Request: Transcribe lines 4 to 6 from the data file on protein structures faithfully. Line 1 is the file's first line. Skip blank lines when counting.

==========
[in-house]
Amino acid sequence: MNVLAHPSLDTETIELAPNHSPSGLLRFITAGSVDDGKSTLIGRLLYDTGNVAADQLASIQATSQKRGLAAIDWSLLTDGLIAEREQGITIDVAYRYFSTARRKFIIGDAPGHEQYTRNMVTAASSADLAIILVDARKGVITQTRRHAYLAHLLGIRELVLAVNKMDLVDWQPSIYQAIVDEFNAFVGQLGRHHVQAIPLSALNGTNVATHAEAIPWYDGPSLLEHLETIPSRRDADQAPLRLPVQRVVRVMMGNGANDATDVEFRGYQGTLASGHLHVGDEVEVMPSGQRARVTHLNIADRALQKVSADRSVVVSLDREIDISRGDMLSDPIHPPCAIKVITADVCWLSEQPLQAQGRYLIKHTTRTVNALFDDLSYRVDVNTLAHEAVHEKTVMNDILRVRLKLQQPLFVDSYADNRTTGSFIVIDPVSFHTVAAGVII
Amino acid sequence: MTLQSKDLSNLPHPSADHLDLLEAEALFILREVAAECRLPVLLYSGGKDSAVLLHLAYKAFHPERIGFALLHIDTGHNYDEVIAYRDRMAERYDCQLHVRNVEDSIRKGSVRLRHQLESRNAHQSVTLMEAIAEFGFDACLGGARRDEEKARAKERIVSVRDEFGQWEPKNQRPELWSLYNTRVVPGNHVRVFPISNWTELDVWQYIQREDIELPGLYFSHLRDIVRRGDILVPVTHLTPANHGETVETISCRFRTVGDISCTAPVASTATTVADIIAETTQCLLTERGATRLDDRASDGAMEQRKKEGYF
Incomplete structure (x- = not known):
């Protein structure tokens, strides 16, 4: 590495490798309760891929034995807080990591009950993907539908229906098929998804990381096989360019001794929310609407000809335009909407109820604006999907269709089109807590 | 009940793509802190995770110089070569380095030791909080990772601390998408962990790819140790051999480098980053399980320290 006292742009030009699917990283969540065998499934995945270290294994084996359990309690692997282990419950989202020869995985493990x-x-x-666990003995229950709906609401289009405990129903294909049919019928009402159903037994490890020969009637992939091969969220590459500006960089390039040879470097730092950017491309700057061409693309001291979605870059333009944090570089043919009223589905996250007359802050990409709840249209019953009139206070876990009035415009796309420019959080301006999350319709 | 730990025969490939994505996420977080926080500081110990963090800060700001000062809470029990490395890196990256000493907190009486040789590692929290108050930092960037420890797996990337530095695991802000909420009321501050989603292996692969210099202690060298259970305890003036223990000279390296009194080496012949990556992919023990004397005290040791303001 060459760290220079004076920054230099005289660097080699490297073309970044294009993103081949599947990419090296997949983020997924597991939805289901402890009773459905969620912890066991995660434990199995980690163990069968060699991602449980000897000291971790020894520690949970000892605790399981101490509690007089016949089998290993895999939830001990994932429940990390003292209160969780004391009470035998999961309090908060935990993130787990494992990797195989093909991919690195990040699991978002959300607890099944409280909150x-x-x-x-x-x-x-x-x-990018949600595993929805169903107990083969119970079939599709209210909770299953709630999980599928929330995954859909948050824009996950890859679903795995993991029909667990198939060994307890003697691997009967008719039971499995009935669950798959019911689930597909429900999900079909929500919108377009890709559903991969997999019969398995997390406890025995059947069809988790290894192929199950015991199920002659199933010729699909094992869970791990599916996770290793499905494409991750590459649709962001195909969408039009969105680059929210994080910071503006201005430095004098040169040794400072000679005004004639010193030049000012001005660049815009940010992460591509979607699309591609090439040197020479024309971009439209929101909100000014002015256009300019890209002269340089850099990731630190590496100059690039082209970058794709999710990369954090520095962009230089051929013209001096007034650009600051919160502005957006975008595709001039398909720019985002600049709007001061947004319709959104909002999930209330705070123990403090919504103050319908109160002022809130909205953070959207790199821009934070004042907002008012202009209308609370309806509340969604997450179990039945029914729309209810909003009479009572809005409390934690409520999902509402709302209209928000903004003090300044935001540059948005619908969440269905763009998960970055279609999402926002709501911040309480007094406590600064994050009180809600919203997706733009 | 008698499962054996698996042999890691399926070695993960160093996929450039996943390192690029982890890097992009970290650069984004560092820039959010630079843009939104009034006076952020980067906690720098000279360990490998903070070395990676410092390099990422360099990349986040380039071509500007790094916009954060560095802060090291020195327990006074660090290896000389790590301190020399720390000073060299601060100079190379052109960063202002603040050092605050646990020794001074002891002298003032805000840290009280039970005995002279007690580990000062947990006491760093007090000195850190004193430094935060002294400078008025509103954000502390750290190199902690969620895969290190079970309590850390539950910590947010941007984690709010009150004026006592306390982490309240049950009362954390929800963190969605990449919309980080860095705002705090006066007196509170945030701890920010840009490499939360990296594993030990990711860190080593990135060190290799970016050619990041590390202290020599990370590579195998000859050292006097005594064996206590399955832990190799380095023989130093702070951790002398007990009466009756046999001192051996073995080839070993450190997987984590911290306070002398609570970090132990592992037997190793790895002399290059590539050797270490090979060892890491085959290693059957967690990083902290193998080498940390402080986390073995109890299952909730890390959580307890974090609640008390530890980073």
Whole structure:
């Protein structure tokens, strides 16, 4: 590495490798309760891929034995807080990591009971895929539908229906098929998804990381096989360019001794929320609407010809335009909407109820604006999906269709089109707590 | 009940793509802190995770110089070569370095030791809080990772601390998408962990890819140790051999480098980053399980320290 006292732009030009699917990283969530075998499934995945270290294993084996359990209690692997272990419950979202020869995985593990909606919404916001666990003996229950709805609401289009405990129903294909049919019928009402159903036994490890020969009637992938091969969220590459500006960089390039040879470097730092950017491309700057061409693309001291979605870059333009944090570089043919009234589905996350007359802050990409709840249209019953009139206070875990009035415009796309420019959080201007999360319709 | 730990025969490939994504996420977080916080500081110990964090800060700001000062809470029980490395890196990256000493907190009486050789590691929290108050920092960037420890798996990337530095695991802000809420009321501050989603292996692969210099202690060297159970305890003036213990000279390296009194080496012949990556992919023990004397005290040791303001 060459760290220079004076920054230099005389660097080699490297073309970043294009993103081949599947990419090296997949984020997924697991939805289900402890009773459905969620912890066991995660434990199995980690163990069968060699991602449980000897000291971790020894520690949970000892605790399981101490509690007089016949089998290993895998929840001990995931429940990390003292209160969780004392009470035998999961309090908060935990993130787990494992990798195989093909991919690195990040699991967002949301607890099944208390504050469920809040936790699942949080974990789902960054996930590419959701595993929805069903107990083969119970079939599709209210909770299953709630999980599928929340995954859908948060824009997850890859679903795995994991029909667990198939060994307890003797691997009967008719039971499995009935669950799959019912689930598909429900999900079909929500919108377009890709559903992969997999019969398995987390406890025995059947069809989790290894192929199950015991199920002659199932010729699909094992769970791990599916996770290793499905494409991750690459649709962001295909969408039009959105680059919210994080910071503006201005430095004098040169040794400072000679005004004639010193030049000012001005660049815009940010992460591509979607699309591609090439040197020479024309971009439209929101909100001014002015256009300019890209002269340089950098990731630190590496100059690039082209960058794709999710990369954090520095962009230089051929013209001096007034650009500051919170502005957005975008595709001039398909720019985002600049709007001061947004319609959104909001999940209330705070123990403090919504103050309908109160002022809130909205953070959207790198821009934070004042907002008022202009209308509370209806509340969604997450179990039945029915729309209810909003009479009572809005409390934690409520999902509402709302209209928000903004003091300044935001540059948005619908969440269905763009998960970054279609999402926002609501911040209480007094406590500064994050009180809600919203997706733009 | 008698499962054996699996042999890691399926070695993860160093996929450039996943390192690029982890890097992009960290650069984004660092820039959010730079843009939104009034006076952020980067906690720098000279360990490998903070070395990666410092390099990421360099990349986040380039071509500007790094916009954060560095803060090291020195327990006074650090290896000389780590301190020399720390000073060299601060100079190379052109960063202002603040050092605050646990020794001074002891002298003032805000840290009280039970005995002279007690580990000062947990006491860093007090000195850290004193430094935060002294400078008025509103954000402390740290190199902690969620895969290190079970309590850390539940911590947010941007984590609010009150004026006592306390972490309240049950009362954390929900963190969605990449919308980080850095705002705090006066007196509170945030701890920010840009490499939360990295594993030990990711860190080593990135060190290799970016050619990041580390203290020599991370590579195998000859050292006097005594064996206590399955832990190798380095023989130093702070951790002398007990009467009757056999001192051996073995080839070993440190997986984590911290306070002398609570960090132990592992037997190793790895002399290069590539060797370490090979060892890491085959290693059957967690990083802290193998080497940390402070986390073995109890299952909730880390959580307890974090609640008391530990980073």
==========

Incomplete structure (x- = not known):
């Protein structure tokens, strides 16, 4: 590495490798309760891929034995807080990591009950993907539908229906098929998804990381096989360019001794929310609407000809335009909407109820604006999907269709089109807590 | 009940793509802190995770110089070569380095030791909080990772601390998408962990790819140790051999480098980053399980320290 006292742009030009699917990283969540065998499934995945270290294994084996359990309690692997282990419950989202020869995985493990x-x-x-666990003995229950709906609401289009405990129903294909049919019928009402159903037994490890020969009637992939091969969220590459500006960089390039040879470097730092950017491309700057061409693309001291979605870059333009944090570089043919009223589905996250007359802050990409709840249209019953009139206070876990009035415009796309420019959080301006999350319709 | 730990025969490939994505996420977080926080500081110990963090800060700001000062809470029990490395890196990256000493907190009486040789590692929290108050930092960037420890797996990337530095695991802000909420009321501050989603292996692969210099202690060298259970305890003036223990000279390296009194080496012949990556992919023990004397005290040791303001 060459760290220079004076920054230099005289660097080699490297073309970044294009993103081949599947990419090296997949983020997924597991939805289901402890009773459905969620912890066991995660434990199995980690163990069968060699991602449980000897000291971790020894520690949970000892605790399981101490509690007089016949089998290993895999939830001990994932429940990390003292209160969780004391009470035998999961309090908060935990993130787990494992990797195989093909991919690195990040699991978002959300607890099944409280909150x-x-x-x-x-x-x-x-x-990018949600595993929805169903107990083969119970079939599709209210909770299953709630999980599928929330995954859909948050824009996950890859679903795995993991029909667990198939060994307890003697691997009967008719039971499995009935669950798959019911689930597909429900999900079909929500919108377009890709559903991969997999019969398995997390406890025995059947069809988790290894192929199950015991199920002659199933010729699909094992869970791990599916996770290793499905494409991750590459649709962001195909969408039009969105680059929210994080910071503006201005430095004098040169040794400072000679005004004639010193030049000012001005660049815009940010992460591509979607699309591609090439040197020479024309971009439209929101909100000014002015256009300019890209002269340089850099990731630190590496100059690039082209970058794709999710990369954090520095962009230089051929013209001096007034650009600051919160502005957006975008595709001039398909720019985002600049709007001061947004319709959104909002999930209330705070123990403090919504103050319908109160002022809130909205953070959207790199821009934070004042907002008012202009209308609370309806509340969604997450179990039945029914729309209810909003009479009572809005409390934690409520999902509402709302209209928000903004003090300044935001540059948005619908969440269905763009998960970055279609999402926002709501911040309480007094406590600064994050009180809600919203997706733009 | 008698499962054996698996042999890691399926070695993960160093996929450039996943390192690029982890890097992009970290650069984004560092820039959010630079843009939104009034006076952020980067906690720098000279360990490998903070070395990676410092390099990422360099990349986040380039071509500007790094916009954060560095802060090291020195327990006074660090290896000389790590301190020399720390000073060299601060100079190379052109960063202002603040050092605050646990020794001074002891002298003032805000840290009280039970005995002279007690580990000062947990006491760093007090000195850190004193430094935060002294400078008025509103954000502390750290190199902690969620895969290190079970309590850390539950910590947010941007984690709010009150004026006592306390982490309240049950009362954390929800963190969605990449919309980080860095705002705090006066007196509170945030701890920010840009490499939360990296594993030990990711860190080593990135060190290799970016050619990041590390202290020599990370590579195998000859050292006097005594064996206590399955832990190799380095023989130093702070951790002398007990009466009756046999001192051996073995080839070993450190997987984590911290306070002398609570970090132990592992037997190793790895002399290059590539050797270490090979060892890491085959290693059957967690990083902290193998080498940390402080986390073995109890299952909730890390959580307890974090609640008390530890980073």
Whole structure: